Lucile Packard Children’s Hospital Stanford celebrates 25 years
The June 10 anniversary also kicks off a one-year countdown to the opening of a 520,000 square foot, state-of-the-art, new main building of the hospital.
From the beginning, Lucile Packard Children’s Hospital Stanford stood out. When it opened on June 10, 1991, it was one of very few children’s hospitals in the nation to incorporate both pediatrics and labor and delivery in one building.
Now, 25 years later, the hospital is the centerpiece of a preeminent pediatric and obstetric health system that has 65 locations in the Bay Area. Since 1991, the hospital and health system have logged more than 3 million clinic visits, 1,600 solid organ transplants, 110,000 births — and found a permanent place on the U.S. News & World Report annual list of America’s best children’s hospitals.
The silver anniversary in June is a perfect time to look back on a remarkable period of extraordinary care, and look ahead to the 2017 premiere of a new main building for the pediatric and obstetric medical campus.
“From the start, our goal has been to fulfill the vision of Lucile Salter Packard, our generous founder and visionary for children’s health,” said Christopher Dawes, president and CEO, who has led the hospital and enterprise since 1997 and was previously chief operating officer. “She planned a very nurturing environment, one that would make possible medical breakthroughs for our children, our grandchildren and the children of the future.”
“I remember opening day just like it was yesterday,” recalled neonatologist David Stevenson, MD, professor of pediatrics at the School of Medicine. Stevenson helped plan and open the hospital, where he’s still treating and saving premature infants. “It was really exciting to see the whole community come out to celebrate. Their support has played a huge role in our tremendous impact.”
Lucile Packard, long an advocate for the health of children and expectant mothers, died before the hospital’s début. She and husband David Packard founded the hospital with a $40 million donation in 1986. “Her magnificent spirit still guides everything we do,” said Dawes. “She would have loved this place and all we’ve achieved.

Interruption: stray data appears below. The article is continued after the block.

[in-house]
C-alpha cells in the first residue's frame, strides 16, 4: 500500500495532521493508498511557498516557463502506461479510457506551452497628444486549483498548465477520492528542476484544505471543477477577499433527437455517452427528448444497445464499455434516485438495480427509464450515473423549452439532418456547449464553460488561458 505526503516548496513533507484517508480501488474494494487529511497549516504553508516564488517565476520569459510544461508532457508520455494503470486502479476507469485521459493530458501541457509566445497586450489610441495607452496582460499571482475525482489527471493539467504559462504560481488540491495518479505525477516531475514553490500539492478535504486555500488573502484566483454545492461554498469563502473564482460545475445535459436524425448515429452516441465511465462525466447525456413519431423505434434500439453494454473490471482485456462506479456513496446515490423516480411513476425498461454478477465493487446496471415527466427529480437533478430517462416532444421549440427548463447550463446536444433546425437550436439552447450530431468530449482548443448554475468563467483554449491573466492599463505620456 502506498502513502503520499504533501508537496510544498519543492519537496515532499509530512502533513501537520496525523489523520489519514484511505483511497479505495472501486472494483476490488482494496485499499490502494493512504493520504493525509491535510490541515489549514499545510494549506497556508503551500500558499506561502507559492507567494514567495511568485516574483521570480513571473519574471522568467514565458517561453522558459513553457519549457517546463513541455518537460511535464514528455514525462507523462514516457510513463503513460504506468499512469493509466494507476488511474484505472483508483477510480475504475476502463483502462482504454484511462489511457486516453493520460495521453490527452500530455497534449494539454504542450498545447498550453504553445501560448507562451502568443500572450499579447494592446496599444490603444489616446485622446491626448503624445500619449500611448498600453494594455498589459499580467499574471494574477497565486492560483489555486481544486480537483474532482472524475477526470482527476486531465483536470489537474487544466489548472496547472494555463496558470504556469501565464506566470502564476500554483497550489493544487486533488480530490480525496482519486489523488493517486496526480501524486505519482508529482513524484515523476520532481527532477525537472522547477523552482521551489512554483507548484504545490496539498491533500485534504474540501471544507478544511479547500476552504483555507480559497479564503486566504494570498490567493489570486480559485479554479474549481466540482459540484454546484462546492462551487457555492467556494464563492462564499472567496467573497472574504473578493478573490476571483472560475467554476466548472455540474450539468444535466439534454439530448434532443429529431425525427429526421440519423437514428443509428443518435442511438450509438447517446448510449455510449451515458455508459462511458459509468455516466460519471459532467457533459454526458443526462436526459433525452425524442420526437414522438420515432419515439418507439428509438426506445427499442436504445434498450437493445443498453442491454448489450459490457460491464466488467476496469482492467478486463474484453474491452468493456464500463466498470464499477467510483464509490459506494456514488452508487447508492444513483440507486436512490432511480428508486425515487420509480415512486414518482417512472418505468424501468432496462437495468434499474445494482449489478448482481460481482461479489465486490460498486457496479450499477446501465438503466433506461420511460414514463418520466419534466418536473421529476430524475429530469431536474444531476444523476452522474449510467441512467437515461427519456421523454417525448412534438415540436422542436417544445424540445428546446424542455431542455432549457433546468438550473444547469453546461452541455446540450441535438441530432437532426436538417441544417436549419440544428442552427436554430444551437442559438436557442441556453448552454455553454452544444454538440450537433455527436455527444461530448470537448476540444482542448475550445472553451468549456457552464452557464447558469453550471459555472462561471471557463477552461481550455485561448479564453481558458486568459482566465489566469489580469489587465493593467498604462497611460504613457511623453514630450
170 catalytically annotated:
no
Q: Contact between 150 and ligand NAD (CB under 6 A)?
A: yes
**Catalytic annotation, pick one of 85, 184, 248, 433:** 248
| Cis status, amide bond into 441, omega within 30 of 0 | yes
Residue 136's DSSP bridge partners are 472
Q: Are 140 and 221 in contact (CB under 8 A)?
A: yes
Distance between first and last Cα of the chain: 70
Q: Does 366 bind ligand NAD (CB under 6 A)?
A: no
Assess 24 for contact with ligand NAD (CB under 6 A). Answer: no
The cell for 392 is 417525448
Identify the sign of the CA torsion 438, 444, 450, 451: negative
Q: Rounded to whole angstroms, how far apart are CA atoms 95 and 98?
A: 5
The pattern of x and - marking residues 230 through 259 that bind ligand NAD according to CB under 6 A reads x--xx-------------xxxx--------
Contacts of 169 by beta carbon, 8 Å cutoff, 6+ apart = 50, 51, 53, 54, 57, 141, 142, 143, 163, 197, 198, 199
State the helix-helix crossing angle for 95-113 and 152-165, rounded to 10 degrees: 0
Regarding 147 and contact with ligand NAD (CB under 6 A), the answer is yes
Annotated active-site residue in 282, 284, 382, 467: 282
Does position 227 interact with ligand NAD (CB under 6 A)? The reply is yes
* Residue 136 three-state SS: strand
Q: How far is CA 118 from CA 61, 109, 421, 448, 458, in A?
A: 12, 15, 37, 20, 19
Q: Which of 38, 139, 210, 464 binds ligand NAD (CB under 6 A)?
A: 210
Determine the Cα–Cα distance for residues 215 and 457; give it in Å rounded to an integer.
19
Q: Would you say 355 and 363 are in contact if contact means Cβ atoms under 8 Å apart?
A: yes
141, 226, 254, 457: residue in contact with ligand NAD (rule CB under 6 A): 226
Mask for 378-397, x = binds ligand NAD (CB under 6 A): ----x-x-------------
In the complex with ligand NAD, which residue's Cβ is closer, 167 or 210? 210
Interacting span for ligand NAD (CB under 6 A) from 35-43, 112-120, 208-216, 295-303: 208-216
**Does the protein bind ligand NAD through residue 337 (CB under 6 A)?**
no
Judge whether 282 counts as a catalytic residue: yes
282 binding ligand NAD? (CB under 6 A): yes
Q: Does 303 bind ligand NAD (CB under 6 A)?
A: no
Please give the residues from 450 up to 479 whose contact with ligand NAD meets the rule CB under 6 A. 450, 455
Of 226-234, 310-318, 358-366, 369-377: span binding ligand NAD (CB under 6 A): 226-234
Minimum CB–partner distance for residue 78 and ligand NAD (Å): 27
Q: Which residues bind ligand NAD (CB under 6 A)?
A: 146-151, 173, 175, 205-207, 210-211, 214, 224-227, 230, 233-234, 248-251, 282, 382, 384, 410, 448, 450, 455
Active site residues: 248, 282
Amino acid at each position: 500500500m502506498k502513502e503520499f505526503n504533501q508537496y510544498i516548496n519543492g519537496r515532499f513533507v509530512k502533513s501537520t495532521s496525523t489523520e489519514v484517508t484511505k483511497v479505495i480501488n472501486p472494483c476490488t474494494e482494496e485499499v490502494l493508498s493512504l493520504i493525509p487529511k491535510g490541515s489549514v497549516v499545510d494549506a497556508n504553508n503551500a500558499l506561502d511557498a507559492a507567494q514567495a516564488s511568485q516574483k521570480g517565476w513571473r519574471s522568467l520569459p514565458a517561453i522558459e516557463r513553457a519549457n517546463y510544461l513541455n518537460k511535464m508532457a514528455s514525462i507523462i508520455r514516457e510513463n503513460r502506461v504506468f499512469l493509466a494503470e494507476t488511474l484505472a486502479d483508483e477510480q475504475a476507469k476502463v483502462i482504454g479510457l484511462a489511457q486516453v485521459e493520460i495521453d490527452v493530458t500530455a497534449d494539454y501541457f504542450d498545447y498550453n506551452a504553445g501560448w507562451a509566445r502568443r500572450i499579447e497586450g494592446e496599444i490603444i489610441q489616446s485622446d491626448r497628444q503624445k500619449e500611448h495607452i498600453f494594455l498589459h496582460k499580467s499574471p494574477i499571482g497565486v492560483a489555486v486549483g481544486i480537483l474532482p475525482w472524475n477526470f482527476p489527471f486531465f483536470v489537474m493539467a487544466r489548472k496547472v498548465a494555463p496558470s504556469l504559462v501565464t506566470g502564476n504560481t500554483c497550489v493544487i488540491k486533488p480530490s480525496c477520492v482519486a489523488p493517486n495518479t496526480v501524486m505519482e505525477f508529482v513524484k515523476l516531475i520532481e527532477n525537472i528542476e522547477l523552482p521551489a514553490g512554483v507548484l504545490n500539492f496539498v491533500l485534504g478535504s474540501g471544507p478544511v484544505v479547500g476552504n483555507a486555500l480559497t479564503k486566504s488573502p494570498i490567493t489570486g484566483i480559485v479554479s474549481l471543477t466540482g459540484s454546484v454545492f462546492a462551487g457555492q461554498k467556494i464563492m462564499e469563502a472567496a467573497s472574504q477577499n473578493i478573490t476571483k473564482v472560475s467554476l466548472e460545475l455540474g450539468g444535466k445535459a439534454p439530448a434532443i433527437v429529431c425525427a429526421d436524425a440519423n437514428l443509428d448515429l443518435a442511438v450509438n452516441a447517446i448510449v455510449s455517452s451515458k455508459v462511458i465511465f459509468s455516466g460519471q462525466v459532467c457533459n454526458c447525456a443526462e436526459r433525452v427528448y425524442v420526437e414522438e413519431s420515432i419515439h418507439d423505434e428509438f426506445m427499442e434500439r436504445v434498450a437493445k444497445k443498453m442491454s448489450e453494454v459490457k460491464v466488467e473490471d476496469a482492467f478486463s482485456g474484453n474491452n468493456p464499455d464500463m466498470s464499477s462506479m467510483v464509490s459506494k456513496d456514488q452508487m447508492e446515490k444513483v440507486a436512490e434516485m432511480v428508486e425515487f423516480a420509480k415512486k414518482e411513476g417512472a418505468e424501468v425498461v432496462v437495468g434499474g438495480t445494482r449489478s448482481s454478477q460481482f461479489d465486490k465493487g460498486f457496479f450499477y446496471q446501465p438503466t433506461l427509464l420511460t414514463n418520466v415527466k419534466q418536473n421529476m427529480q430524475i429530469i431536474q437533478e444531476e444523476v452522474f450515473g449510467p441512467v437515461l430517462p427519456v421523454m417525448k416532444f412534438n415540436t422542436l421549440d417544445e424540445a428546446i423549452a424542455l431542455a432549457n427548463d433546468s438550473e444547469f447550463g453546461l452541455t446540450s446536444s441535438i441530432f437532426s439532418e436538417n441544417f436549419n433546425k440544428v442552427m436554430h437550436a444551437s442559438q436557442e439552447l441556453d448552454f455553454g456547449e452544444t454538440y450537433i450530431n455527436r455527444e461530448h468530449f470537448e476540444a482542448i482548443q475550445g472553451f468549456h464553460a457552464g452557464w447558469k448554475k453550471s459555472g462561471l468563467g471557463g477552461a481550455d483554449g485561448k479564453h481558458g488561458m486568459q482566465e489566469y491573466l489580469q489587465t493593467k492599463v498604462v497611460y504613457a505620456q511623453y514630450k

Those achievements include a series of notable breakthroughs in academic and clinical excellence. Some highlights:
- Launch of the first mobile clinic program in America specifically targeting underserved adolescents.
- Development of a nonsteroidal, immune-suppressing drug regimen for organ transplant recipients.
- Open-heart surgery on the youngest and smallest infant ever to undergo such an operation.
- Groundbreaking improvements in pregnancy and newborn care.
- Leadership in preterm birth research.
- Pioneering food allergy research.
- Studies focused on eradicating disease for children around the world.
- Recognition as being No. 1 in the United States in solid organ transplant volume.
Becoming one of the nation’s elite children’s hospitals has long been a collaborative effort with the School of Medicine, Stanford University and the top minds in Silicon Valley, all “tremendous drivers of our innovation and achievements,” Dawes said.
Dawes also saluted the unwavering generosity of donors through the Lucile Packard Foundation for Children’s Health, and the support of the David and Lucile Packard Foundation. “They’ve helped propel every element of our success,” he said. And through aggressive outreach and advocacy, the hospital and health system have become leaders in community service, providing care regardless of a family’s ability to pay.
“I know my mother would be extraordinarily proud of everything Lucile Packard Children’s Hospital stands for,” said Susan Packard Orr, vice chair of the hospital’s board of directors. “The breakthrough discoveries, the community service, the family-centered approach and such great care are exactly what she wanted this hospital to be.”